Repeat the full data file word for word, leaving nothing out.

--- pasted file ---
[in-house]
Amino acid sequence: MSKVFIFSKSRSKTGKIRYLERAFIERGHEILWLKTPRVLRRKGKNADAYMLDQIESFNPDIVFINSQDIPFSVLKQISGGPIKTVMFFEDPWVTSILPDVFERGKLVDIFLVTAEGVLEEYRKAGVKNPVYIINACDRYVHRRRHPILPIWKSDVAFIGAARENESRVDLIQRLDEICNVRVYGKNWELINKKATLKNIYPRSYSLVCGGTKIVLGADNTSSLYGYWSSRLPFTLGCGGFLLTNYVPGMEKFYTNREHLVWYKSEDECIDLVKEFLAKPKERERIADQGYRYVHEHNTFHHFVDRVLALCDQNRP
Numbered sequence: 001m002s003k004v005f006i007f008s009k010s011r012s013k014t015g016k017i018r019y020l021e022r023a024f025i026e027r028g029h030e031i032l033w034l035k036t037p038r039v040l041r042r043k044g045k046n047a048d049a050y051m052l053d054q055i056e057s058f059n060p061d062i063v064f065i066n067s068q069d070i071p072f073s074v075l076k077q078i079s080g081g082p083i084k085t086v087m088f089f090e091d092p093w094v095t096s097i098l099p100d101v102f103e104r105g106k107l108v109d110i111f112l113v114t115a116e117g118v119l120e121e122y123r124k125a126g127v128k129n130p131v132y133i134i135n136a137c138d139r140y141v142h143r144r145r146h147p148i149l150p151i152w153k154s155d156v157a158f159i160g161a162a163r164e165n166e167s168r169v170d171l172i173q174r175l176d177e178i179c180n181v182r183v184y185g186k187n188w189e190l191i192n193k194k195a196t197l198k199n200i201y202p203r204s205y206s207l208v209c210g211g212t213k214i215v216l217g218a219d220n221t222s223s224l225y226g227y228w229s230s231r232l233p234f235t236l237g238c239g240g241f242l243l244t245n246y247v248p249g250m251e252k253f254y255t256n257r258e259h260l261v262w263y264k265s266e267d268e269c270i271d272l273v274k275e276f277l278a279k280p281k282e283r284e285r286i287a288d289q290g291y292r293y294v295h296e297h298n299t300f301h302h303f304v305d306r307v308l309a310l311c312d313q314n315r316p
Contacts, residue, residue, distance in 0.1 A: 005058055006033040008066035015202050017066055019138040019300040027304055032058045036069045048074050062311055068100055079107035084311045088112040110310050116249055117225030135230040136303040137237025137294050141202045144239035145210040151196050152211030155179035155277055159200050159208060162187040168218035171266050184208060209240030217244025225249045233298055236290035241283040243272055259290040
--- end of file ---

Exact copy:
[in-house]
Amino acid sequence: MSKVFIFSKSRSKTGKIRYLERAFIERGHEILWLKTPRVLRRKGKNADAYMLDQIESFNPDIVFINSQDIPFSVLKQISGGPIKTVMFFEDPWVTSILPDVFERGKLVDIFLVTAEGVLEEYRKAGVKNPVYIINACDRYVHRRRHPILPIWKSDVAFIGAARENESRVDLIQRLDEICNVRVYGKNWELINKKATLKNIYPRSYSLVCGGTKIVLGADNTSSLYGYWSSRLPFTLGCGGFLLTNYVPGMEKFYTNREHLVWYKSEDECIDLVKEFLAKPKERERIADQGYRYVHEHNTFHHFVDRVLALCDQNRP
Numbered sequence: 001m002s003k004v005f006i007f008s009k010s011r012s013k014t015g016k017i018r019y020l021e022r023a024f025i026e027r028g029h030e031i032l033w034l035k036t037p038r039v040l041r042r043k044g045k046n047a048d049a050y051m052l053d054q055i056e057s058f059n060p061d062i063v064f065i066n067s068q069d070i071p072f073s074v075l076k077q078i079s080g081g082p083i084k085t086v087m088f089f090e091d092p093w094v095t096s097i098l099p100d101v102f103e104r105g106k107l108v109d110i111f112l113v114t115a116e117g118v119l120e121e122y123r124k125a126g127v128k129n130p131v132y133i134i135n136a137c138d139r140y141v142h143r144r145r146h147p148i149l150p151i152w153k154s155d156v157a158f159i160g161a162a163r164e165n166e167s168r169v170d171l172i173q174r175l176d177e178i179c180n181v182r183v184y185g186k187n188w189e190l191i192n193k194k195a196t197l198k199n200i201y202p203r204s205y206s207l208v209c210g211g212t213k214i215v216l217g218a219d220n221t222s223s224l225y226g227y228w229s230s231r232l233p234f235t236l237g238c239g240g241f242l243l244t245n246y247v248p249g250m251e252k253f254y255t256n257r258e259h260l261v262w263y264k265s266e267d268e269c270i271d272l273v274k275e276f277l278a279k280p281k282e283r284e285r286i287a288d289q290g291y292r293y294v295h296e297h298n299t300f301h302h303f304v305d306r307v308l309a310l311c312d313q314n315r316p
Contacts, residue, residue, distance in 0.1 A: 005058055006033040008066035015202050017066055019138040019300040027304055032058045036069045048074050062311055068100055079107035084311045088112040110310050116249055117225030135230040136303040137237025137294050141202045144239035145210040151196050152211030155179035155277055159200050159208060162187040168218035171266050184208060209240030217244025225249045233298055236290035241283040243272055259290040